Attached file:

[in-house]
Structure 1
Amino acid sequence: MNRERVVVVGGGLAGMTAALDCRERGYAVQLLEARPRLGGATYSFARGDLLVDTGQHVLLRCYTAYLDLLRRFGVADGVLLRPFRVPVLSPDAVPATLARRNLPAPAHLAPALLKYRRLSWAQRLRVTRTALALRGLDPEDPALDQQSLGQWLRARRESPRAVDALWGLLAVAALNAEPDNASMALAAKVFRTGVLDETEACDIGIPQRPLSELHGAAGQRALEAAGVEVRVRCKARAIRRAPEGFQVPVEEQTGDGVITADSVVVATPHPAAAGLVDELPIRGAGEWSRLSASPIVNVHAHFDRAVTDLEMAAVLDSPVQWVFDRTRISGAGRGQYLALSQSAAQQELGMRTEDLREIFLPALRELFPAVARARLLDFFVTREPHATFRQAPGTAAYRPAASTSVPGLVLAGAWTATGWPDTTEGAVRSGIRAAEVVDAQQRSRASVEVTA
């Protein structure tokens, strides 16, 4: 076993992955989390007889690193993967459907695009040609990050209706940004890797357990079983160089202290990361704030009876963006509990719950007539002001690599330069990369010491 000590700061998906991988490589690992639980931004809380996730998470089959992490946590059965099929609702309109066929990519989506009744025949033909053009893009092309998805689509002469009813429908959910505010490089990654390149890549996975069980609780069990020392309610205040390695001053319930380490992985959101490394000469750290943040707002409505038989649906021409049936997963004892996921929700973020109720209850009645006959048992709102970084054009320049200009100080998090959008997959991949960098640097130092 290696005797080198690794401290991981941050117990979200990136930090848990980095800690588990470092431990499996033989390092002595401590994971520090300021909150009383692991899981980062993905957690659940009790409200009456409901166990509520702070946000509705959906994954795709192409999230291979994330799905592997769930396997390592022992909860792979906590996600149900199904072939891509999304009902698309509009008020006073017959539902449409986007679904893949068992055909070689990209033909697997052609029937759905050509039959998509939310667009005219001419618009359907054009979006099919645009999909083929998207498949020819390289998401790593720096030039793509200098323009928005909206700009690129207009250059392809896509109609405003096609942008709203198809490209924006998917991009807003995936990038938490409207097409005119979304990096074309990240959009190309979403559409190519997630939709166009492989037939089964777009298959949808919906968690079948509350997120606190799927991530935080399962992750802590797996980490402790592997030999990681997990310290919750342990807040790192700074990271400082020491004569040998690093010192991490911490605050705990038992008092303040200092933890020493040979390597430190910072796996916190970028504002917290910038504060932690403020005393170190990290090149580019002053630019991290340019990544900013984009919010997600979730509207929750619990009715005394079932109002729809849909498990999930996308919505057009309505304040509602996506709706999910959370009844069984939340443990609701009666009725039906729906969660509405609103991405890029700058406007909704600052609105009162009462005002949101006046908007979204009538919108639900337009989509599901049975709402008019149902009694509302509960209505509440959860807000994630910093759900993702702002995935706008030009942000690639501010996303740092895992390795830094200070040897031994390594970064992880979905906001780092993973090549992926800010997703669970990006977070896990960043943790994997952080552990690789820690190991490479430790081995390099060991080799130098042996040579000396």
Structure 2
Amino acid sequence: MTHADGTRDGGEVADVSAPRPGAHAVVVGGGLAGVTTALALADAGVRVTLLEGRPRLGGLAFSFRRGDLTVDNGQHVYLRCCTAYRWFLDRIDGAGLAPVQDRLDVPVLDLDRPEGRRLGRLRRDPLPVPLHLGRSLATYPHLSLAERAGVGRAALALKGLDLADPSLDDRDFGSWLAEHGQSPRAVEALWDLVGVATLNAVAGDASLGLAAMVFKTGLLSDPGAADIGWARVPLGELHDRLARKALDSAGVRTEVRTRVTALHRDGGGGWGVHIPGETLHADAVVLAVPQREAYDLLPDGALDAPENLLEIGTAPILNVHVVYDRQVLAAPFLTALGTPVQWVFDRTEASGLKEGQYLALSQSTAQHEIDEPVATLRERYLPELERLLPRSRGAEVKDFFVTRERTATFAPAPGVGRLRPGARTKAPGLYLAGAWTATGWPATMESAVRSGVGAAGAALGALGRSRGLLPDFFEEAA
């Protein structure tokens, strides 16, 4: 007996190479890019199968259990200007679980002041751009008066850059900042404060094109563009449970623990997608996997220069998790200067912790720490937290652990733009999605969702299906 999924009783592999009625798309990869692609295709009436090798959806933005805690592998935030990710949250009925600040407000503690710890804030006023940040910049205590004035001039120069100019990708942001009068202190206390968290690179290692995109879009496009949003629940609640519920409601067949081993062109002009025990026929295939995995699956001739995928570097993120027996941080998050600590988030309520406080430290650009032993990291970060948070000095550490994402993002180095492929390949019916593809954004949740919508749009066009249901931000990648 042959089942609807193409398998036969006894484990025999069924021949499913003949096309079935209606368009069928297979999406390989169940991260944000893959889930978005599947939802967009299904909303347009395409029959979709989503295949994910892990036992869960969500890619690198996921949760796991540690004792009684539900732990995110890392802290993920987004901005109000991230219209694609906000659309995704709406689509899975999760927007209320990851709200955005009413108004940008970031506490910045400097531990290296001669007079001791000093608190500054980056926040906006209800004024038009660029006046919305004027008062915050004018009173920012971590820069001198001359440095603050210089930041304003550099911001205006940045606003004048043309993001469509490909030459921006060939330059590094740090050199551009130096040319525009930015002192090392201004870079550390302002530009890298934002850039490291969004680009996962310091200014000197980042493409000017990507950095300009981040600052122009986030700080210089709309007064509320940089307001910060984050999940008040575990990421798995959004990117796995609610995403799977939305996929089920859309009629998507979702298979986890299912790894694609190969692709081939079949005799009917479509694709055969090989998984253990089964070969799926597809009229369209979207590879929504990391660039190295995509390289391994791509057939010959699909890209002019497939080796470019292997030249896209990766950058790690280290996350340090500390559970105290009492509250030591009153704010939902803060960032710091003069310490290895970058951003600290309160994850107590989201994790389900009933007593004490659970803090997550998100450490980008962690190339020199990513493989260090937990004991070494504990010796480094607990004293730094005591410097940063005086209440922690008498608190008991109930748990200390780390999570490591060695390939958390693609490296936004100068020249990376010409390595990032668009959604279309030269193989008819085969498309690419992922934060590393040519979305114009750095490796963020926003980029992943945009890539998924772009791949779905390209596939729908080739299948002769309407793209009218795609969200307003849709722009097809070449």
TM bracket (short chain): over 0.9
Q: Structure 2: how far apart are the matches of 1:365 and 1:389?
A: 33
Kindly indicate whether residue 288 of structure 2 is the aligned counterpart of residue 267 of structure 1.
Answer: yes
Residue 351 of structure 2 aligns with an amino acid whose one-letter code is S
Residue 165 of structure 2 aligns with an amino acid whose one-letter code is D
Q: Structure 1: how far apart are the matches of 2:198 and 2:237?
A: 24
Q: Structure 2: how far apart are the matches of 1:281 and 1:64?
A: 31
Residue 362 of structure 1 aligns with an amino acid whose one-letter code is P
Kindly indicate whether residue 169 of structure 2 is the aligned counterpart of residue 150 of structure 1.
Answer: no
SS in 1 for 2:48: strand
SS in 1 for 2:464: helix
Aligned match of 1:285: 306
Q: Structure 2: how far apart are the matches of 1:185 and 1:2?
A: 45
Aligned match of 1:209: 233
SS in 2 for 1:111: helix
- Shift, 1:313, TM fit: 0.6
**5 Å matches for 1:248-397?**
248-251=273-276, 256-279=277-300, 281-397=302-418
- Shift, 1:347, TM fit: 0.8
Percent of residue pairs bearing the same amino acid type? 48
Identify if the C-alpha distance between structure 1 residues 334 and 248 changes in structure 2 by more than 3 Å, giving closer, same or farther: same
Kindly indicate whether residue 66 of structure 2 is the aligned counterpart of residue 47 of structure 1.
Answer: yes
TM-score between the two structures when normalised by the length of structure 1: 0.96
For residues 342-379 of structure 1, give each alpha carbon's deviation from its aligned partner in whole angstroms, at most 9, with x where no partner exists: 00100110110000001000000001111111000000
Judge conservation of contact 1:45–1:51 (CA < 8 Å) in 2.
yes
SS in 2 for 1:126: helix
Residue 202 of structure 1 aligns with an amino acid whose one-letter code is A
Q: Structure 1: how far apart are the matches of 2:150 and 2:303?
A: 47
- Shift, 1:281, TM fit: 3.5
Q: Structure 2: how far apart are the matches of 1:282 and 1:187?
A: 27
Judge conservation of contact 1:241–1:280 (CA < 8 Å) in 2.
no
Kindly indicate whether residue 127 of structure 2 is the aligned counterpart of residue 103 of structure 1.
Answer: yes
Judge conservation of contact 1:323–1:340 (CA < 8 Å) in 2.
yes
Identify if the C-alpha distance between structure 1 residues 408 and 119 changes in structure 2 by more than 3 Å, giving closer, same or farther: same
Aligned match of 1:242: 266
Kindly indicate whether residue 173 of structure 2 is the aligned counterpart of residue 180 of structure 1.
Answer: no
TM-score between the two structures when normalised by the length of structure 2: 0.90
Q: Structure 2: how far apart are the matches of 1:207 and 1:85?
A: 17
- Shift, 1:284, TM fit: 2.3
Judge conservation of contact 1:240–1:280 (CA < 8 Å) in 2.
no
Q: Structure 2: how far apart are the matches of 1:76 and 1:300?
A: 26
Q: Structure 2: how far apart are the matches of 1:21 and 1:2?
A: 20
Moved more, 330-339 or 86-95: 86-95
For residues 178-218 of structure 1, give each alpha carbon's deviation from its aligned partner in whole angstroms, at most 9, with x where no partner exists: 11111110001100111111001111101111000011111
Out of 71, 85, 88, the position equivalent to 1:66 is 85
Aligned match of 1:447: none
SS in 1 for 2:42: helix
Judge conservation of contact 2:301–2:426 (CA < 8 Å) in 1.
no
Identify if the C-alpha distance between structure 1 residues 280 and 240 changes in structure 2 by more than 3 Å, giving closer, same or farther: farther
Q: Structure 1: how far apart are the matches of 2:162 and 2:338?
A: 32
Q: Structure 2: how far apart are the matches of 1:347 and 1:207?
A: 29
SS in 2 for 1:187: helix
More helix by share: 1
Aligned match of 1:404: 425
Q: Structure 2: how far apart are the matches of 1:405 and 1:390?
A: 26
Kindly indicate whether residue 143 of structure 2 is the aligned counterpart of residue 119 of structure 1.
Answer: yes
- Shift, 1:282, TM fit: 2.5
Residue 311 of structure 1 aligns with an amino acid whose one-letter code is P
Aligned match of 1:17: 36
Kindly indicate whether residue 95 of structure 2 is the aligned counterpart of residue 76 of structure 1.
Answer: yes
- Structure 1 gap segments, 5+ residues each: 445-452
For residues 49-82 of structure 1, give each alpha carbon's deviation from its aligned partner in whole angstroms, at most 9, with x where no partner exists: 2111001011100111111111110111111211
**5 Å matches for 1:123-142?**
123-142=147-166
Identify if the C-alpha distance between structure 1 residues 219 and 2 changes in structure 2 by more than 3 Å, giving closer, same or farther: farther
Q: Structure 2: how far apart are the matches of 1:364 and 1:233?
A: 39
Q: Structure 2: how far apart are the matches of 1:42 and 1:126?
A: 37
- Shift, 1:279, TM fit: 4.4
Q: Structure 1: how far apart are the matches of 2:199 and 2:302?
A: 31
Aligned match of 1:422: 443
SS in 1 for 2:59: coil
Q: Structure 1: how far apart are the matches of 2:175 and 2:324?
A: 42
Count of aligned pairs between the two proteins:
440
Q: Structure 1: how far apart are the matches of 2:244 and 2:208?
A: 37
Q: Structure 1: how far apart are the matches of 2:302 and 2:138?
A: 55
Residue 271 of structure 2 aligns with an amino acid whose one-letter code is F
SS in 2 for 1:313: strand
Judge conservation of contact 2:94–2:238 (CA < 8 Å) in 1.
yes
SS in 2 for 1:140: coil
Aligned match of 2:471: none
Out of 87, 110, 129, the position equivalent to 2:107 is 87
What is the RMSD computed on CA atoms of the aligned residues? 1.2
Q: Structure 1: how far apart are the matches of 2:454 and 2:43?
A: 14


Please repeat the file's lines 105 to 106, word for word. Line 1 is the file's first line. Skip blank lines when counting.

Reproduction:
SS in 1 for 2:59: coil
Q: Structure 1: how far apart are the matches of 2:175 and 2:324?